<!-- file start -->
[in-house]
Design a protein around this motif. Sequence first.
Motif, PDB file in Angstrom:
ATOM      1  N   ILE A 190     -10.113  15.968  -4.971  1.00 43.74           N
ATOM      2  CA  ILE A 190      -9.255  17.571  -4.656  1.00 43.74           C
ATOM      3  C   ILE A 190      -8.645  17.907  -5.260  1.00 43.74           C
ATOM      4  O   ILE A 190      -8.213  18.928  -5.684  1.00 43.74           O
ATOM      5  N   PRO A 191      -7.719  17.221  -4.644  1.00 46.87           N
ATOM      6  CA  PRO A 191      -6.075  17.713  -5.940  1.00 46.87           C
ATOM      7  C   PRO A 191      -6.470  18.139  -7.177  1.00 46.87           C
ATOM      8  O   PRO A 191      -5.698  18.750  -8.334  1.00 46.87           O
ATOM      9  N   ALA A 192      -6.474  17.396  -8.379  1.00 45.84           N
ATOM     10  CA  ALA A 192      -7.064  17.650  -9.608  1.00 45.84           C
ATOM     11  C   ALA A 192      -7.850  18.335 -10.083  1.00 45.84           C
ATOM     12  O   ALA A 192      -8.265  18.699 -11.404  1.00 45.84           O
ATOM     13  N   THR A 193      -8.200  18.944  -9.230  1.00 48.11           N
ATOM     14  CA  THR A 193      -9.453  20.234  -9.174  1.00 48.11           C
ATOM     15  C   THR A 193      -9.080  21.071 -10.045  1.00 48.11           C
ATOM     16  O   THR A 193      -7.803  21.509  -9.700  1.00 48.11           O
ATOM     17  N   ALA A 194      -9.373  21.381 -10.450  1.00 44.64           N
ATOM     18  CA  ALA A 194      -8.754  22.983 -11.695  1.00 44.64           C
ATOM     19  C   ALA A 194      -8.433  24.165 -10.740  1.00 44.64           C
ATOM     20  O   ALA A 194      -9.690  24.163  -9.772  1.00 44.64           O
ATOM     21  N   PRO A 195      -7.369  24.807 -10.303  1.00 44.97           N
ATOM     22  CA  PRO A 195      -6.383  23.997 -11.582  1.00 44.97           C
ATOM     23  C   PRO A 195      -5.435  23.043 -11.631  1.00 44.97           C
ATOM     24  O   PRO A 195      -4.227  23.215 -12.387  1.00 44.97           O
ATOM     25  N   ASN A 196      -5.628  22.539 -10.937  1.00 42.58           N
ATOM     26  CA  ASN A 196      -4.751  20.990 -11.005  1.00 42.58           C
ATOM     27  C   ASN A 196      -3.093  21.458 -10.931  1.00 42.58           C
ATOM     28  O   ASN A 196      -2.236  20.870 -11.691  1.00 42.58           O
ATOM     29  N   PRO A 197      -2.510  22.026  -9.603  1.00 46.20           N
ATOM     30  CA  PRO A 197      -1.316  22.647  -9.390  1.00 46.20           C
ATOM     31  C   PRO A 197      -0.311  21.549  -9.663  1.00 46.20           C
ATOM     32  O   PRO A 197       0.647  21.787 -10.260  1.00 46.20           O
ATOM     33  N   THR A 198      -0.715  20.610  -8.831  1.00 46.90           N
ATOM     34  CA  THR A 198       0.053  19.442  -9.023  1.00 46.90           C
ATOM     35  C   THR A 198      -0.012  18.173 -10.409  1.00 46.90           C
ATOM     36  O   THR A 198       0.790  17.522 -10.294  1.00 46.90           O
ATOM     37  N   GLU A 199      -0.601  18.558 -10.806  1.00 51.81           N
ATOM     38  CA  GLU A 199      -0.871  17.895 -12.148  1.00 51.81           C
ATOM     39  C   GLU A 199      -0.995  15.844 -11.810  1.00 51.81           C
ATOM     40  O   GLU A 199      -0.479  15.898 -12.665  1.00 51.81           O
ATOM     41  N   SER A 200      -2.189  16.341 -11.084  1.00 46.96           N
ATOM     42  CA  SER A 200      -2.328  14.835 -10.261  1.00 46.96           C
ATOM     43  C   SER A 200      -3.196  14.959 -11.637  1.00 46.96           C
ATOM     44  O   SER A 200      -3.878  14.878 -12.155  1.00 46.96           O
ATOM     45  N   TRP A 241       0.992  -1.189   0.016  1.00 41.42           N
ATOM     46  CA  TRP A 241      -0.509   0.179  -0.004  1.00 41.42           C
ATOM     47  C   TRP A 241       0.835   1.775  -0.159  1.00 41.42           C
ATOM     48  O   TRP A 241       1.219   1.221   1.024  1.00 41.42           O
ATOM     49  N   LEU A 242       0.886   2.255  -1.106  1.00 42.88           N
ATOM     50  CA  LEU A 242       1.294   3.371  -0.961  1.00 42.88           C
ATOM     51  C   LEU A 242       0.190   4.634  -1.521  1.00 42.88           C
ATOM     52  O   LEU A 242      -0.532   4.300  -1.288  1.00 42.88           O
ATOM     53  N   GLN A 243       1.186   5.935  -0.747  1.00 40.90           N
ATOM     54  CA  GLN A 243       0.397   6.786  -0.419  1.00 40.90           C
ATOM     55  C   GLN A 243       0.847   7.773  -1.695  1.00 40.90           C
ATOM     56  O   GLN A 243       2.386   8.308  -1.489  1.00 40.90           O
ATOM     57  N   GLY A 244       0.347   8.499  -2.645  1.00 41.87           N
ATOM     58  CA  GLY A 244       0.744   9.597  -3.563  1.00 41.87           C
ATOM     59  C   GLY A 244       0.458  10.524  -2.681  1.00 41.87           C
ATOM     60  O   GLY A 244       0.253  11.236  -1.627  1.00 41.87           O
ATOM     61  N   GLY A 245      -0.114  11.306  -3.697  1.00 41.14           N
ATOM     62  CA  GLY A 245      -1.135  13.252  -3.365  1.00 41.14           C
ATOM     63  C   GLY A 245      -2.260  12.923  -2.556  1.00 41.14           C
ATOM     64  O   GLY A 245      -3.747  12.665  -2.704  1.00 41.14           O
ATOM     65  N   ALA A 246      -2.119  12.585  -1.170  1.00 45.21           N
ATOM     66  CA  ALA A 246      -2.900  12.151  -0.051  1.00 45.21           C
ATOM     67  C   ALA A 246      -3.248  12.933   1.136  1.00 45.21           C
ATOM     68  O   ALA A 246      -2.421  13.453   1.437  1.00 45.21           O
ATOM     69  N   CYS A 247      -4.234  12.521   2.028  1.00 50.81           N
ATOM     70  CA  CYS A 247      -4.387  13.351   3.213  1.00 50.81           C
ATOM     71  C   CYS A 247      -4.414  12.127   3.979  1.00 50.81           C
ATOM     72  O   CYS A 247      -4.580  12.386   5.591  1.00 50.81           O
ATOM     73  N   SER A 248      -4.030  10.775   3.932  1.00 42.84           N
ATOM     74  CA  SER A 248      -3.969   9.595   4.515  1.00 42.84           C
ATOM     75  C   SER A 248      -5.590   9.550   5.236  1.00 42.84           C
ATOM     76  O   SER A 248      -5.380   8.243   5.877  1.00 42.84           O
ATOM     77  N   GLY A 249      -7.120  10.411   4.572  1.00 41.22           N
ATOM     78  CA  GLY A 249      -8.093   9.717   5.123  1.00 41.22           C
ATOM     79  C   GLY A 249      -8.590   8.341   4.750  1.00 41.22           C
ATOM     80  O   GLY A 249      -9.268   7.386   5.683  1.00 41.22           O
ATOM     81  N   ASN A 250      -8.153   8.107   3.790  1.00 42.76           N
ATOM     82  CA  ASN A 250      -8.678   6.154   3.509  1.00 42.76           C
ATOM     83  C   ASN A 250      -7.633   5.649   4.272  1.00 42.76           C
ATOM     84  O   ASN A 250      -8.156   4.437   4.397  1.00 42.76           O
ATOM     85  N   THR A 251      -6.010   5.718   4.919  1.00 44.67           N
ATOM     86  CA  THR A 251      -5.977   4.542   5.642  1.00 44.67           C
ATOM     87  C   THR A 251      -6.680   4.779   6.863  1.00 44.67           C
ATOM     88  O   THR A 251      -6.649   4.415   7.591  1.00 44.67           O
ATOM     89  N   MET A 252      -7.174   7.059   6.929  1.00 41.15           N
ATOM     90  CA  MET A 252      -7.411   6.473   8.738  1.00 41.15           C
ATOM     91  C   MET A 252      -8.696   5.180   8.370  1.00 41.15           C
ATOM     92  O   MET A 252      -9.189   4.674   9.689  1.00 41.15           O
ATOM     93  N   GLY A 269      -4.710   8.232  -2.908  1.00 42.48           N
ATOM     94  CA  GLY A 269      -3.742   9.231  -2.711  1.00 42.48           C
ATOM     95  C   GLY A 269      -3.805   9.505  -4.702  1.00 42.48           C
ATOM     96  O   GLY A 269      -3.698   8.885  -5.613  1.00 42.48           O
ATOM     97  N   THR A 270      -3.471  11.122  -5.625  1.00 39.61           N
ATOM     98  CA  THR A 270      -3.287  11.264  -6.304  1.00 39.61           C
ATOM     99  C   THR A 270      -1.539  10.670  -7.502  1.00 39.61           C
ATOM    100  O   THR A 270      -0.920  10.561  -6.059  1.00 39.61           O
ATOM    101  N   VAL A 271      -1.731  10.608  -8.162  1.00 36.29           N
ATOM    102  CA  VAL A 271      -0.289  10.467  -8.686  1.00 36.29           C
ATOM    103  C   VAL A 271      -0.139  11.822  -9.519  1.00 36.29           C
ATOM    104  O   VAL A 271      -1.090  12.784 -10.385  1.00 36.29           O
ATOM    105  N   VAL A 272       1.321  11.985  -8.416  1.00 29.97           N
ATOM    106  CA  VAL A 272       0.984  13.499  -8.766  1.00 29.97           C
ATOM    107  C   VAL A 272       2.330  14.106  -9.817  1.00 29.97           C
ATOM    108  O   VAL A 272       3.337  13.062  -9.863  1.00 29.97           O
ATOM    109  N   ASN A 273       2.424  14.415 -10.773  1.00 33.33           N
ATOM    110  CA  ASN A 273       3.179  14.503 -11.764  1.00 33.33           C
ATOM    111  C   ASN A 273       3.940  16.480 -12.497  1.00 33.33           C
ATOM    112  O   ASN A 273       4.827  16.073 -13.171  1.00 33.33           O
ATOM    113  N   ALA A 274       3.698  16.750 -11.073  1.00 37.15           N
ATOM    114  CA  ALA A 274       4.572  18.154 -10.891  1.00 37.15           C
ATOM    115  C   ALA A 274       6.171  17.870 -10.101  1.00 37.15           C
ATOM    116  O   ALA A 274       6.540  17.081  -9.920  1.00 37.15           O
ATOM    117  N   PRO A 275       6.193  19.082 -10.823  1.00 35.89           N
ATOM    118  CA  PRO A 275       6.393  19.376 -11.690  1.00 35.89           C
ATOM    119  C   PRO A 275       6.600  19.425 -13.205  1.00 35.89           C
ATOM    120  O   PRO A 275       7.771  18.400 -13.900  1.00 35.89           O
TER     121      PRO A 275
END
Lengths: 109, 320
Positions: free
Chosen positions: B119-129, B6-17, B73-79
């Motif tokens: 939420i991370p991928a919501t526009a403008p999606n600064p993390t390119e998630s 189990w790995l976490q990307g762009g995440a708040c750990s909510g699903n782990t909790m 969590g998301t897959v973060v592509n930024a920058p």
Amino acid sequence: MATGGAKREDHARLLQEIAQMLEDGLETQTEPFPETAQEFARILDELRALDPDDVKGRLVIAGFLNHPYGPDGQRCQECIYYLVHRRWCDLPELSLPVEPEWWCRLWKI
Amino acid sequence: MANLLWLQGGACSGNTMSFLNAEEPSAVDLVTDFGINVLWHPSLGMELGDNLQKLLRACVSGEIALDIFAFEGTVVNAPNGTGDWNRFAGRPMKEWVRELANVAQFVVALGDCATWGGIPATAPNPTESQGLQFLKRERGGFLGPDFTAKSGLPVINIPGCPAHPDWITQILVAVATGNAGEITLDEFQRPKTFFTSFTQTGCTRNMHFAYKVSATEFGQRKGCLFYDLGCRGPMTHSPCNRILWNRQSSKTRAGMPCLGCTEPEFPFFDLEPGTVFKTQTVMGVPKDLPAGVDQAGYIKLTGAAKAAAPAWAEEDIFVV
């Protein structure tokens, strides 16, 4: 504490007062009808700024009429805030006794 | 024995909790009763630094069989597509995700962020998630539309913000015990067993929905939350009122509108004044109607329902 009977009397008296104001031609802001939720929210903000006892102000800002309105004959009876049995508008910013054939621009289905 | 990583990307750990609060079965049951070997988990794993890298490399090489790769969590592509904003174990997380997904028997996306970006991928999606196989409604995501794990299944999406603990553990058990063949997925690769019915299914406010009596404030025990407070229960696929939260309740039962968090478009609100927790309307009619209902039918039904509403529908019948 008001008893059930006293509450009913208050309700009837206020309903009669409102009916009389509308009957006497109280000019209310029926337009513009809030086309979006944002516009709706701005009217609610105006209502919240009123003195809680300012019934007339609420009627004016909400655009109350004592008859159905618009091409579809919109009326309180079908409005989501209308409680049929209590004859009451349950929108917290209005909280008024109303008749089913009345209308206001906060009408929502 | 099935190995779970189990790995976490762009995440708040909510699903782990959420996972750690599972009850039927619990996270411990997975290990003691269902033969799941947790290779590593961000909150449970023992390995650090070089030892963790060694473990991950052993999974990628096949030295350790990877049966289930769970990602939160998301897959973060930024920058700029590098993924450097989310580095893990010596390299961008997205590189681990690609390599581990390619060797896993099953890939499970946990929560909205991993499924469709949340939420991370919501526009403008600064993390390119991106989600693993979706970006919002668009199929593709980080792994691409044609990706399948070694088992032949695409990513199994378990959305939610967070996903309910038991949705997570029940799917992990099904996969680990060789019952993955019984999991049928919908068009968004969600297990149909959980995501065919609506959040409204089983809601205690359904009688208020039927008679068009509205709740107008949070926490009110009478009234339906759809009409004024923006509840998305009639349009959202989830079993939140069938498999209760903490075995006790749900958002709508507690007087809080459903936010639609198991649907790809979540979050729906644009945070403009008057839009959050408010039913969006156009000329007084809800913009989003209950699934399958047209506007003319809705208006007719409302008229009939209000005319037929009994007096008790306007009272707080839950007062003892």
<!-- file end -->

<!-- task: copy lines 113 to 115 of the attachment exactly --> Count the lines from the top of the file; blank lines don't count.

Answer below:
ATOM    110  CA  ASN A 273       3.179  14.503 -11.764  1.00 33.33           C
ATOM    111  C   ASN A 273       3.940  16.480 -12.497  1.00 33.33           C
ATOM    112  O   ASN A 273       4.827  16.073 -13.171  1.00 33.33           O